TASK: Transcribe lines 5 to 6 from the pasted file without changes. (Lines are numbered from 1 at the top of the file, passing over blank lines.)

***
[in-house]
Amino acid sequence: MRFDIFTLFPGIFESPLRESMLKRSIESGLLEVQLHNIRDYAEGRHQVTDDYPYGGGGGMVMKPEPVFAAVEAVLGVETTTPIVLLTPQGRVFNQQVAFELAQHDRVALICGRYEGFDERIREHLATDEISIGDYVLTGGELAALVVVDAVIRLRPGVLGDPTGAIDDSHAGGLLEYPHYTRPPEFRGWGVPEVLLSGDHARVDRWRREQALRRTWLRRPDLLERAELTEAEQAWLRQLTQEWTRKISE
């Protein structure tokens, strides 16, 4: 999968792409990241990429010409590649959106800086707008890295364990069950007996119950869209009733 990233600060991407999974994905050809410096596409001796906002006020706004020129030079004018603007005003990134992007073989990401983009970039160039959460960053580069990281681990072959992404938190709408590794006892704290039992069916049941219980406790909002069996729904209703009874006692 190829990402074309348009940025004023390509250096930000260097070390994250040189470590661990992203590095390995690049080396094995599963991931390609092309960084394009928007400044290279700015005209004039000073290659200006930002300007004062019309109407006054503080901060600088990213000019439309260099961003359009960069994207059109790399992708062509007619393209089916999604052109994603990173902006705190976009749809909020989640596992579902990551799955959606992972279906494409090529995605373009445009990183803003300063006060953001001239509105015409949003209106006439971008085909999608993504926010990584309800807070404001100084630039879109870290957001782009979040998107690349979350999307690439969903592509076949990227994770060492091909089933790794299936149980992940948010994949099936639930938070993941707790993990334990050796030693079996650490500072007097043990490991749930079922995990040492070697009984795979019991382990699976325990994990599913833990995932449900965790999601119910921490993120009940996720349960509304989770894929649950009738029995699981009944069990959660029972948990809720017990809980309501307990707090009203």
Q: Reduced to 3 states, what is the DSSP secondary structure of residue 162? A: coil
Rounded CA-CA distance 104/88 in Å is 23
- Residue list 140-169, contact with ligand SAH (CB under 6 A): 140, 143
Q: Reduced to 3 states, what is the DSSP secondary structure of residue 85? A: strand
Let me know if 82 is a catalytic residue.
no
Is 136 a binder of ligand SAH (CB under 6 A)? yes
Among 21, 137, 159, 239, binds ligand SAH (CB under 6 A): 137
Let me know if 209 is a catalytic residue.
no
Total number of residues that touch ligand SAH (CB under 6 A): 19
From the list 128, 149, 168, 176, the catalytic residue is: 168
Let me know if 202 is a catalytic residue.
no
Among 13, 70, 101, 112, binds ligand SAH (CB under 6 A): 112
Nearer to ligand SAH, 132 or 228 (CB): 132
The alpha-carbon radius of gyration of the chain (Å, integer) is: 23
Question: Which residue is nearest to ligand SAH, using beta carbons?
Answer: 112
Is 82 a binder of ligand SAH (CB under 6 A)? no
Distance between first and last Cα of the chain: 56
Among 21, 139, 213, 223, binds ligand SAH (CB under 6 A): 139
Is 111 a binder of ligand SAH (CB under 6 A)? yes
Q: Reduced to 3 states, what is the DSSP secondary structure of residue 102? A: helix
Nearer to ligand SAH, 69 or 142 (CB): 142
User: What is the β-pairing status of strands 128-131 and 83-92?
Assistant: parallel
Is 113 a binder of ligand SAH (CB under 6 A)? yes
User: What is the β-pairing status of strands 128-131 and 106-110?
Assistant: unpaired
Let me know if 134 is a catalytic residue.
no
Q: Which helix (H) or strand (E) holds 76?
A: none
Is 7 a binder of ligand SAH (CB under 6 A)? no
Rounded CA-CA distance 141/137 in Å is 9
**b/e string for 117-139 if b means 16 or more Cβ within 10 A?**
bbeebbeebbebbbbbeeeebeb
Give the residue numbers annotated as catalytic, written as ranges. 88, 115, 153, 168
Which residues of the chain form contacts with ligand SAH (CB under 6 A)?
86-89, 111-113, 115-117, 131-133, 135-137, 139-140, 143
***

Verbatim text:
Rounded CA-CA distance 104/88 in Å is 23
- Residue list 140-169, contact with ligand SAH (CB under 6 A): 140, 143